Can a Dog Really Be ‘Hypoallergenic’?

Maisy, a black standard poodle, sits
Why get a cross when you can have an actual Poodle?

Dr. Stanley Coren, a noted psychologist and dog expert, recently wrote a column about the doodle craze. His take on the popularity of these “designer mutts” that are all some other breed crossed with a poodle, is that people believe all poodle-cross pups to be “hypoallergenic,” or “having little likelihood of causing an allergic response.” His focus is that not all poodle mixes are low- or non-shedding dogs, and therefore there’s really no guarantee that they will be hypoallergenic.

I want to take that argument a step farther and argue that, for many individuals with dog allergies, no dog will be hypoallergenic.

People may be allergic to dog fur or dander; they may also be allergic to components of dog saliva or dog urine. Even a bald dog still has those so … for some people, shedding or not, furry or hairy, any dog will induce an allergic reaction.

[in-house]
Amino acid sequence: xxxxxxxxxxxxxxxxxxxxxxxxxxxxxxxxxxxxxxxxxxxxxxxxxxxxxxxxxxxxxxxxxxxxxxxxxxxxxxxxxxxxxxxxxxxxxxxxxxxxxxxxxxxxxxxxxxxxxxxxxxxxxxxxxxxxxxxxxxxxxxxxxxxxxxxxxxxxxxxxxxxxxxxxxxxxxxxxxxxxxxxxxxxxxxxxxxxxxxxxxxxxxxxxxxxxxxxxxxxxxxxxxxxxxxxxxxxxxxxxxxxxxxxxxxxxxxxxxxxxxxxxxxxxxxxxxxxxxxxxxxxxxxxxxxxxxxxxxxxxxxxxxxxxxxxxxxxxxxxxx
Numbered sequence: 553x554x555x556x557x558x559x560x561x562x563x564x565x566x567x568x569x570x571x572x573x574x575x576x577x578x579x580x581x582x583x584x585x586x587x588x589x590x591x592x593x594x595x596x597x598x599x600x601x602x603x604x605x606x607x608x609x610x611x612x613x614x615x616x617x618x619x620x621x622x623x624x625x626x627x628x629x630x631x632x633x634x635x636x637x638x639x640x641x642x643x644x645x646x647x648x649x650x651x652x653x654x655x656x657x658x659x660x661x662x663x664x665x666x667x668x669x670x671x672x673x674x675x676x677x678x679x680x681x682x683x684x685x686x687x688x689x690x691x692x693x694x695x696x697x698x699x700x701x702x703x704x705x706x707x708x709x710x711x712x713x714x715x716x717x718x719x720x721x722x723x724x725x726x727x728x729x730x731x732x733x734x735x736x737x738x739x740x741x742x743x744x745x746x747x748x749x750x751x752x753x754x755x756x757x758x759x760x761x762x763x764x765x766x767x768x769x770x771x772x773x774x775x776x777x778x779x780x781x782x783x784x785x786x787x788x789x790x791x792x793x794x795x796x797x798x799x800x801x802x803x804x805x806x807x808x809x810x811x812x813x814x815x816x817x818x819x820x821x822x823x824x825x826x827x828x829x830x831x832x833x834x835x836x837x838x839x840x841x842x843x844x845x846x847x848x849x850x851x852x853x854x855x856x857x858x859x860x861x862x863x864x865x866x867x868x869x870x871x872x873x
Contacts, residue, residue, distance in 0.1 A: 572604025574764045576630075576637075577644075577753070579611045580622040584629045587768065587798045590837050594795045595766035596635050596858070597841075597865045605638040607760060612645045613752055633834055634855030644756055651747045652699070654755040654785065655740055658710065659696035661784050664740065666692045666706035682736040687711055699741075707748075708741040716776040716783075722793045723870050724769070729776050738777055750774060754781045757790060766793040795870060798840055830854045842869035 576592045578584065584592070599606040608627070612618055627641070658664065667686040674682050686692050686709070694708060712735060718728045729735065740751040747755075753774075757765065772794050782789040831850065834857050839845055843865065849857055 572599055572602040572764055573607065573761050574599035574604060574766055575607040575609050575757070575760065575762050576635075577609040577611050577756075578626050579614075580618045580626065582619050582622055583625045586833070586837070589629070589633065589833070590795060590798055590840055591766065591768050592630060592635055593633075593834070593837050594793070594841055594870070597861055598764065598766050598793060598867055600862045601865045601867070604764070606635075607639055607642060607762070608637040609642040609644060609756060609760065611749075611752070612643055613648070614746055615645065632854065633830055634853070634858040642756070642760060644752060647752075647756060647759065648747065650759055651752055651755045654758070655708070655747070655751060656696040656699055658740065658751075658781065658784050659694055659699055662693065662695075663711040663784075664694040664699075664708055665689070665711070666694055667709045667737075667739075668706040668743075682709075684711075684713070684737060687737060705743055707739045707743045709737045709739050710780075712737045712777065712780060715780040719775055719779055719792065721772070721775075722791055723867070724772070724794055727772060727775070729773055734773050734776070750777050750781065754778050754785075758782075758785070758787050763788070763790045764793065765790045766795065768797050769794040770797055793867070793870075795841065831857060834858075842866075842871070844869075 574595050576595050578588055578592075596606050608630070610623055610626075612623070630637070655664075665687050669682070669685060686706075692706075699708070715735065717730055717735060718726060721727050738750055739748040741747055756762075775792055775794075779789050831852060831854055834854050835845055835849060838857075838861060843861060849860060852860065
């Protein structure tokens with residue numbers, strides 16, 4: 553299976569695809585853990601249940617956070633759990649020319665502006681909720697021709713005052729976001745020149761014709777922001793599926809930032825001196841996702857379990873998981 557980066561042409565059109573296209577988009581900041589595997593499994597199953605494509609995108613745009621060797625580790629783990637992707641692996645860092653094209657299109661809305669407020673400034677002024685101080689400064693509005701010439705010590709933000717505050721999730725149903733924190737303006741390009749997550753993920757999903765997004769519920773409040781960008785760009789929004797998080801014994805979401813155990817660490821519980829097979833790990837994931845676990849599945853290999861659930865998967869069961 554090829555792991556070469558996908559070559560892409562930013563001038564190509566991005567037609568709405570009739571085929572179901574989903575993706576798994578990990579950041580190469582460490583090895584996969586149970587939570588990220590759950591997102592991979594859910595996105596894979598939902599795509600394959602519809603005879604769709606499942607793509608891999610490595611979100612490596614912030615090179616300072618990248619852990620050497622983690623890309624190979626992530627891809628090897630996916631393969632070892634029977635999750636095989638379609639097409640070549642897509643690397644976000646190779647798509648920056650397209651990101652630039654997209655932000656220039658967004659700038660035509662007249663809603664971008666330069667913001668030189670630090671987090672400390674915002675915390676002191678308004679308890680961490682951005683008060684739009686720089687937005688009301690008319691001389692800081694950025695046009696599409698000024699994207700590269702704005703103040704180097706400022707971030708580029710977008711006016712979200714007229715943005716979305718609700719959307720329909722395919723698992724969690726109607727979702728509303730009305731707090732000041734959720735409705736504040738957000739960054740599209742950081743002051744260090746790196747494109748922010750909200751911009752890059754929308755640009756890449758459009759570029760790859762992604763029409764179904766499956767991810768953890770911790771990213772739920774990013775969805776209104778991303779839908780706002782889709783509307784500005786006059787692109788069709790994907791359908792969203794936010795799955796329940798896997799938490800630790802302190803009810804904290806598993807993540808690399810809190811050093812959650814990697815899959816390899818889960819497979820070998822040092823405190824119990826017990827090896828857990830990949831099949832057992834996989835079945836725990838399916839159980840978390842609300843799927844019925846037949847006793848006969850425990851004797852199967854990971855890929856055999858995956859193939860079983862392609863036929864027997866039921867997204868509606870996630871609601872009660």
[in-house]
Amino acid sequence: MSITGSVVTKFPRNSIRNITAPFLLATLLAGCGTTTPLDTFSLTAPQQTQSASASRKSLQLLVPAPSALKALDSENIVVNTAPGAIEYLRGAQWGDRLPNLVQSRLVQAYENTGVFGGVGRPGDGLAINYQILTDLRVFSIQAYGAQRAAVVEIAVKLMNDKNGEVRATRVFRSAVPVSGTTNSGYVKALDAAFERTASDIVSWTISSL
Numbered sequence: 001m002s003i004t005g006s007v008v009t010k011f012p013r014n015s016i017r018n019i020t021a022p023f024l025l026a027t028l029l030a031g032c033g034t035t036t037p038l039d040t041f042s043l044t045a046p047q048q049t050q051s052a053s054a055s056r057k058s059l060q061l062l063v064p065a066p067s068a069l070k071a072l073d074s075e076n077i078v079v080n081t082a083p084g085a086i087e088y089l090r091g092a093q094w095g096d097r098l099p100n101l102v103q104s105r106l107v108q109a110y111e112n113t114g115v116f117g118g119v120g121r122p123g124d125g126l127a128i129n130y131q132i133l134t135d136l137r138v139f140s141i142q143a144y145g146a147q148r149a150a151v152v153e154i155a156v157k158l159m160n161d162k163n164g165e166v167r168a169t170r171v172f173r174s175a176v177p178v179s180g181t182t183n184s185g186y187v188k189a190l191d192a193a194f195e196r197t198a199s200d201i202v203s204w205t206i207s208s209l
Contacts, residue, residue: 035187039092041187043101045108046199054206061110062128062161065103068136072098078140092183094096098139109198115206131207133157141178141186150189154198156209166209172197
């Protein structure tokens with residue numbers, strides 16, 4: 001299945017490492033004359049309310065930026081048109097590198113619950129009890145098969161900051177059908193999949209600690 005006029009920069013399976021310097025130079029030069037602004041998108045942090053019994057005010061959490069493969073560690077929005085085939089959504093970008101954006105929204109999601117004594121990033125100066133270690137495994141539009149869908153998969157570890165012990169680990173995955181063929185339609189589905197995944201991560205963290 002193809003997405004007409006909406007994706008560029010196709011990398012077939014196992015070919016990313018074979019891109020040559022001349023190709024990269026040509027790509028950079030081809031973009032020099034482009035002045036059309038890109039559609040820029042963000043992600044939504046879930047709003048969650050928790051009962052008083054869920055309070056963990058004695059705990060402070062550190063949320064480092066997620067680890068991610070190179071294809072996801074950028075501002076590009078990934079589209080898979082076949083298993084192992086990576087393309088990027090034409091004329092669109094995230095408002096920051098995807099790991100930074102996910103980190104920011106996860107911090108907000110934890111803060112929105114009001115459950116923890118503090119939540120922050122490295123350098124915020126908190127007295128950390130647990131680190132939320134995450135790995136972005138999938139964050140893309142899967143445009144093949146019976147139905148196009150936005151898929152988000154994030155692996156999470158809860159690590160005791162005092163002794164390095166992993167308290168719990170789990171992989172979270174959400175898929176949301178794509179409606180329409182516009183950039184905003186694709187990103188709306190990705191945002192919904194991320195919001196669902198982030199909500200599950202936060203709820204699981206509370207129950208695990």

Of course there is a huge range in the symptoms and severity of allergic reactions, and a dog with much-reduced shedding, and who is groomed and bathed often and lives in a home that is vacuumed and dusted very frequently, may cause few or no symptoms in many allergic individuals. So there are good reasons for people with mild dander / fur allergies who love dogs to look to non- or low-shedding breeds.

But poodle crosses are not the only or most reliable option. To Dr. Coren’s point, without testing your individual pup against your individual allergy, you won’t know. And several breeds do not shed or shed minimally, starting with actual poodles and including large and small dogs of all temperaments.

When choosing a dog, it’s important to do your homework, whether you’re buying a puppy or adopting a shelter dog, and whether your concern is allergies, temperament, health, or all of these.